Understanding the Basics: Tax on Capital GainsWhen you’re considering selling a house, it’s important to factor in the potential tax liability you may face. Tax on capital gains is payable upon the sale of any real estate, whether it’s your primary residence or a rental property. The capital gains tax is based on the amount of profit you made from the sale of your property, which is calculated by subtracting your cost basis (the amount you initially paid for the property) from the selling price.
Massachusetts Tax Rate for Selling a HouseIf you’re selling a house in Massachusetts, you’ll have to pay state and federal capital gains tax on the profits you make from the sale. In Massachusetts, the tax rate for long-term capital gains (which applies to properties held for more than a year) ranges from 5.2 percent to 12.2 percent, depending on your income level. Short-term capital gains (for properties held for less than a year) are taxed at the same rate as your ordinary income, which ranges from 5.2 percent to 12.2 percent. It’s worth noting that Massachusetts also has a real estate transfer tax, which is typically split between the buyer and seller. This tax is based on the sale price of the property and can range from 0.23 percent to 0.46 percent, depending on the location of the property.
Federal Tax Rate for Selling a HouseWhen you sell a house, you’ll also have to pay federal capital gains tax on the profits you make from the sale. The federal tax rate for long-term capital gains ranges from 15 percent to 20 percent, depending on your income level. Short-term capital gains are taxed at the same rate as your ordinary income. It’s worth noting that there are some exclusions to federal capital gains tax that may apply to you. For example, if you’ve lived in your house for at least two of the past five years before selling it, you may be eligible for a $250,000 tax exclusion (or $500,000 if you’re married filing jointly). This means that you won’t have to pay federal capital gains tax on the first $250,000 (or $500,000) in profit from the sale of your primary residence.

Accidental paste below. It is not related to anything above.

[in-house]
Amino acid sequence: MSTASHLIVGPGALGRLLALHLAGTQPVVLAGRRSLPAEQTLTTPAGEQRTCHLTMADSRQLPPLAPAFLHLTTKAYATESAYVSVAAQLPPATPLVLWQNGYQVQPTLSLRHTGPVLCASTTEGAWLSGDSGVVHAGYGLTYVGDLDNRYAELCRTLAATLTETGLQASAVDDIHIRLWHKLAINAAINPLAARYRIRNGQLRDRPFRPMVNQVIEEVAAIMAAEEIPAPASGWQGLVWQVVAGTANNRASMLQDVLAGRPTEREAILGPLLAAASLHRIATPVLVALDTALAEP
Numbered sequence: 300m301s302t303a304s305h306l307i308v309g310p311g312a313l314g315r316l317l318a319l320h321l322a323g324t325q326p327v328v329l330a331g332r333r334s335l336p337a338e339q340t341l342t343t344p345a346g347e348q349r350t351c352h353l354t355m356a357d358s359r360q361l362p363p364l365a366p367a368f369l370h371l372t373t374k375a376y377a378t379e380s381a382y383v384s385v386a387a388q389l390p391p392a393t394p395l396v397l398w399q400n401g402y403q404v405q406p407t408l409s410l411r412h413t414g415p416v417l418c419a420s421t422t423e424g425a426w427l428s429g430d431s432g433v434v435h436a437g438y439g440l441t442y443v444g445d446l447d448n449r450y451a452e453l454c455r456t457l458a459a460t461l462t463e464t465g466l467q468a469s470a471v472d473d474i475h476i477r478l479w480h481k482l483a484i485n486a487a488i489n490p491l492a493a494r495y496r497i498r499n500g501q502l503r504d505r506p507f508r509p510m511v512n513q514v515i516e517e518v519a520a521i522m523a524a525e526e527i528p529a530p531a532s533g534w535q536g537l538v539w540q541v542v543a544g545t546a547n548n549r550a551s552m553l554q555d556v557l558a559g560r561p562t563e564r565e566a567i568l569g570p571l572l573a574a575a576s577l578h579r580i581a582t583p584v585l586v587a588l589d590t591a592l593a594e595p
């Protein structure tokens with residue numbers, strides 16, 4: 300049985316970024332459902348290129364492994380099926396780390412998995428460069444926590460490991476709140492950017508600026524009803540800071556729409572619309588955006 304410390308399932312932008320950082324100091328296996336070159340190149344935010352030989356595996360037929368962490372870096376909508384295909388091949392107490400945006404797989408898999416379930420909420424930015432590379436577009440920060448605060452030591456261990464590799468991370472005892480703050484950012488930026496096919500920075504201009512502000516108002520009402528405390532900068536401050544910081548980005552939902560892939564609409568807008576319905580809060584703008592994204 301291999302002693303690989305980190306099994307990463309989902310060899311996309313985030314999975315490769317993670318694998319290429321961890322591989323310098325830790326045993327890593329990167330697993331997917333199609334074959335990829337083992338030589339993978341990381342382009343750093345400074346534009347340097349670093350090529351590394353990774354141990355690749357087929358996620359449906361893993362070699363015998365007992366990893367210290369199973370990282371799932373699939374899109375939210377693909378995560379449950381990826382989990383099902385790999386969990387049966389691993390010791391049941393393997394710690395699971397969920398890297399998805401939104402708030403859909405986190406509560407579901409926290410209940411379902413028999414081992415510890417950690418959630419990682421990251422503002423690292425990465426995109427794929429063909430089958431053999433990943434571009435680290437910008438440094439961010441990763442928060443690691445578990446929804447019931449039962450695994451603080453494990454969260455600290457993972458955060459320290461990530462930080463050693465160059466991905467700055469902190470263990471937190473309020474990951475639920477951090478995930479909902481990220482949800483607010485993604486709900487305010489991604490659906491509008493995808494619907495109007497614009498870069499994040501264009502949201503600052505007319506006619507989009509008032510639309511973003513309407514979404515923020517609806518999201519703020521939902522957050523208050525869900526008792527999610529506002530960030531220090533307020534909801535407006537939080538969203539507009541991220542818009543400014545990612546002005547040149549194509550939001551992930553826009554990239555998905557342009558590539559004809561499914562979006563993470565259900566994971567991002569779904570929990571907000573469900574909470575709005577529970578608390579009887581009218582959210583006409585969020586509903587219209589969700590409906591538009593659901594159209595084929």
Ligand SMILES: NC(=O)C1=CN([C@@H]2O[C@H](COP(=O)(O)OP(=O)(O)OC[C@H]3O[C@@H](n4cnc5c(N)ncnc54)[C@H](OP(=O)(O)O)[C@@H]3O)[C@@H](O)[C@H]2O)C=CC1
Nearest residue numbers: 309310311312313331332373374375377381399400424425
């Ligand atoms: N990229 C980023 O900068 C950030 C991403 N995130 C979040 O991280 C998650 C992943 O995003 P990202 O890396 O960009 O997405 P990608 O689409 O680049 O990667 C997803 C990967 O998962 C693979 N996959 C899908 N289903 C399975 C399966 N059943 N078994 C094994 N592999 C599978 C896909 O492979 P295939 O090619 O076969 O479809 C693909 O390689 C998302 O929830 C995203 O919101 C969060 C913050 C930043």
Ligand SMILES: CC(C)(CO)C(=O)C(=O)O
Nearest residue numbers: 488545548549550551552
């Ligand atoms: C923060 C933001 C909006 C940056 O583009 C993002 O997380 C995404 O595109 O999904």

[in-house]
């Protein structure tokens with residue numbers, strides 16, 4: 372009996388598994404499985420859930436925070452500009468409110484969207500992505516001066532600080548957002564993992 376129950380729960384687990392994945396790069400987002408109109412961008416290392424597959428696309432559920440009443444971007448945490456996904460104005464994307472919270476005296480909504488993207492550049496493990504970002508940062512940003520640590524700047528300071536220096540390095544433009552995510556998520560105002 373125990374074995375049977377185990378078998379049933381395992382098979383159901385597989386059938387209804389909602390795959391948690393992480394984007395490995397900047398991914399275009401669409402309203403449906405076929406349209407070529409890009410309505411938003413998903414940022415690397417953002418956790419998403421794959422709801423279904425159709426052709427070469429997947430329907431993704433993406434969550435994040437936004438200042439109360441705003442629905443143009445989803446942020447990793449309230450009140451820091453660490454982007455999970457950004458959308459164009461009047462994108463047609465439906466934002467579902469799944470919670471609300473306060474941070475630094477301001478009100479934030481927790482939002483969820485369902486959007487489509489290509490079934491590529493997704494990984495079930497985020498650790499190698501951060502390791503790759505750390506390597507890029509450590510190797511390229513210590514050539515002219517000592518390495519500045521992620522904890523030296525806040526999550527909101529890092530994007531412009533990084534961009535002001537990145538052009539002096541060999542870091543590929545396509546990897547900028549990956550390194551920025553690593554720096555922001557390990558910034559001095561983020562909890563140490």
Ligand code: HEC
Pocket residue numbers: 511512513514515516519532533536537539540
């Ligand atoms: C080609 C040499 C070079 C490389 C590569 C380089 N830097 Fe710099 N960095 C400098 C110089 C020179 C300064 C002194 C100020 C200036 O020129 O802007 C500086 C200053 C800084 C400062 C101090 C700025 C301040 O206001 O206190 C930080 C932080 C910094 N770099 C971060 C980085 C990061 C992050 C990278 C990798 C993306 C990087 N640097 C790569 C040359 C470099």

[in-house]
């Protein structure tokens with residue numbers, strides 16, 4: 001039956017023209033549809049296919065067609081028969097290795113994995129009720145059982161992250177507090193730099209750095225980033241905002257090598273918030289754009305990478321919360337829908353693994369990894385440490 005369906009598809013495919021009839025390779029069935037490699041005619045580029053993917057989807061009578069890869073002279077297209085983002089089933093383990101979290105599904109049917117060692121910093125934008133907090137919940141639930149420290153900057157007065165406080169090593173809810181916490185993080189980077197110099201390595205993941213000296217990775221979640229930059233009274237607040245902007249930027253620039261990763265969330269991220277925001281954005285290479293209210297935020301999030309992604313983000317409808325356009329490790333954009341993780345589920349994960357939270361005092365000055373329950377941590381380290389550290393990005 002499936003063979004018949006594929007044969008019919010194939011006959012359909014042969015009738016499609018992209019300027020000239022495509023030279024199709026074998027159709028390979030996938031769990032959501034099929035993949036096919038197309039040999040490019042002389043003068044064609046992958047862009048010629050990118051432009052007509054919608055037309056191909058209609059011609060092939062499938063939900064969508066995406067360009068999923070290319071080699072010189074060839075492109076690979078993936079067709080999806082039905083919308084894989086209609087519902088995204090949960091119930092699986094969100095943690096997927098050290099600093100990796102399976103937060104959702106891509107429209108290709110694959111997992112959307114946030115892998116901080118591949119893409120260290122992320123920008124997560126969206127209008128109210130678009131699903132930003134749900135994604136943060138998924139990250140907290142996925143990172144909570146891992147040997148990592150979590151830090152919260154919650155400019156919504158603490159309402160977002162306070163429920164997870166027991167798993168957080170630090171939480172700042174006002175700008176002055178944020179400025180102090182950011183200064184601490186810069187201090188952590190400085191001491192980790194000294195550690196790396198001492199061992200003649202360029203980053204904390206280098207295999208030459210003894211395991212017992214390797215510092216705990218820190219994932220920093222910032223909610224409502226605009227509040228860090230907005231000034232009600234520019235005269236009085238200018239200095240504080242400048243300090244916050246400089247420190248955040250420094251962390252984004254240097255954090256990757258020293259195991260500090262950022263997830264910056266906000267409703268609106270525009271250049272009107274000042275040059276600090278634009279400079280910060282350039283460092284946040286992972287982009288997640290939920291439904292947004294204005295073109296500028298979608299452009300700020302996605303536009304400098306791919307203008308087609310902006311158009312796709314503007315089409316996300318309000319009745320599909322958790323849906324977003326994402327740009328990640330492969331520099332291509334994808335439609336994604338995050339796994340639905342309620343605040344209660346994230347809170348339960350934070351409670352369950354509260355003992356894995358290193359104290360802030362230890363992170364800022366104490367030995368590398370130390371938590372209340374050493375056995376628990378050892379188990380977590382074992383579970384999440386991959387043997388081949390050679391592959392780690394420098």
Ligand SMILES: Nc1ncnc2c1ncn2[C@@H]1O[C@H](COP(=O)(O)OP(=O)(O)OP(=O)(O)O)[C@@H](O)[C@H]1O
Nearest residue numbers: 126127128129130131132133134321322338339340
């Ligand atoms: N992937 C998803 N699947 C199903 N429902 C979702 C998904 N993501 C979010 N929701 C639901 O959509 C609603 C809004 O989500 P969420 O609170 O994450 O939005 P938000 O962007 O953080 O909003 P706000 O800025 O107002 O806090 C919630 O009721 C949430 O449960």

Tax Exemptions: Eligibility and BenefitsOne way to lower your tax liability when selling a house is to take advantage of tax exemptions. In Massachusetts, there are several tax exemptions that may apply to you depending on your circumstances. For example, if you’re over 65 years old or disabled, you may be eligible for a property tax exemption of up to $1,500. Another common tax exemption for homeowners is the residential exemption, which can reduce the taxable value of your property by up to $175,000. This exemption is available to homeowners who use their property as their primary residence.
Some tax exemptions available in Massachusetts include:
- Elderly and disabled persons tax exemption
- Blind person’s tax exemption
- Military tax exemption
- Residential exemption
- Community Preservation Act (CPA) exemption